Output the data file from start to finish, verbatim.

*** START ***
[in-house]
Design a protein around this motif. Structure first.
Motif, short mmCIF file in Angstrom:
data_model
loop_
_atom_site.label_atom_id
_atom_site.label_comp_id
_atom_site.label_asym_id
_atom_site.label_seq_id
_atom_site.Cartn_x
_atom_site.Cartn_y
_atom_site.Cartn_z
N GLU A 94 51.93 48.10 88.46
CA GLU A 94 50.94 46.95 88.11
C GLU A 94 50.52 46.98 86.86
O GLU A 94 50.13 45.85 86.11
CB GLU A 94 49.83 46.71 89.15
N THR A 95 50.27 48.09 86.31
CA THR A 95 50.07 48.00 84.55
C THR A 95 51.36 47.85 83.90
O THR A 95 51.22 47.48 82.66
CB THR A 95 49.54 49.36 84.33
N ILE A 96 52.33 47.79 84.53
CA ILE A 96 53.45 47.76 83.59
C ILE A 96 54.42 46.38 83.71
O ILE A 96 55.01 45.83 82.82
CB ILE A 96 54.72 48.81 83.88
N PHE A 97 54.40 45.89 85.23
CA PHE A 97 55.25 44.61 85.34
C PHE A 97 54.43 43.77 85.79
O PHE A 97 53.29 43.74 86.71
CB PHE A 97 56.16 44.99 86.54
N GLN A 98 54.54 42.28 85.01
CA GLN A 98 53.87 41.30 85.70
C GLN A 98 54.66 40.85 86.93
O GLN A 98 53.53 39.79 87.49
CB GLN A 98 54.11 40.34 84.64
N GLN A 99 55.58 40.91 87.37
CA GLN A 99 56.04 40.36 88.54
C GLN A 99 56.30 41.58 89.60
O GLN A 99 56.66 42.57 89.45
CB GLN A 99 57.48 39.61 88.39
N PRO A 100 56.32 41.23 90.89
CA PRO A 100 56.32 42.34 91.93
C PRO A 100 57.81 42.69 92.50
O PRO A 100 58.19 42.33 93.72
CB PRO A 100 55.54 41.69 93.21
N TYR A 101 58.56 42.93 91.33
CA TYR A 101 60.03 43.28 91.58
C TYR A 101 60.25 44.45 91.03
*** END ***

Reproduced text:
[in-house]
Design a protein around this motif. Structure first.
Motif, short mmCIF file in Angstrom:
data_model
loop_
_atom_site.label_atom_id
_atom_site.label_comp_id
_atom_site.label_asym_id
_atom_site.label_seq_id
_atom_site.Cartn_x
_atom_site.Cartn_y
_atom_site.Cartn_z
N GLU A 94 51.93 48.10 88.46
CA GLU A 94 50.94 46.95 88.11
C GLU A 94 50.52 46.98 86.86
O GLU A 94 50.13 45.85 86.11
CB GLU A 94 49.83 46.71 89.15
N THR A 95 50.27 48.09 86.31
CA THR A 95 50.07 48.00 84.55
C THR A 95 51.36 47.85 83.90
O THR A 95 51.22 47.48 82.66
CB THR A 95 49.54 49.36 84.33
N ILE A 96 52.33 47.79 84.53
CA ILE A 96 53.45 47.76 83.59
C ILE A 96 54.42 46.38 83.71
O ILE A 96 55.01 45.83 82.82
CB ILE A 96 54.72 48.81 83.88
N PHE A 97 54.40 45.89 85.23
CA PHE A 97 55.25 44.61 85.34
C PHE A 97 54.43 43.77 85.79
O PHE A 97 53.29 43.74 86.71
CB PHE A 97 56.16 44.99 86.54
N GLN A 98 54.54 42.28 85.01
CA GLN A 98 53.87 41.30 85.70
C GLN A 98 54.66 40.85 86.93
O GLN A 98 53.53 39.79 87.49
CB GLN A 98 54.11 40.34 84.64
N GLN A 99 55.58 40.91 87.37
CA GLN A 99 56.04 40.36 88.54
C GLN A 99 56.30 41.58 89.60
O GLN A 99 56.66 42.57 89.45
CB GLN A 99 57.48 39.61 88.39
N PRO A 100 56.32 41.23 90.89
CA PRO A 100 56.32 42.34 91.93
C PRO A 100 57.81 42.69 92.50
O PRO A 100 58.19 42.33 93.72
CB PRO A 100 55.54 41.69 93.21
N TYR A 101 58.56 42.93 91.33
CA TYR A 101 60.03 43.28 91.58
C TYR A 101 60.25 44.45 91.03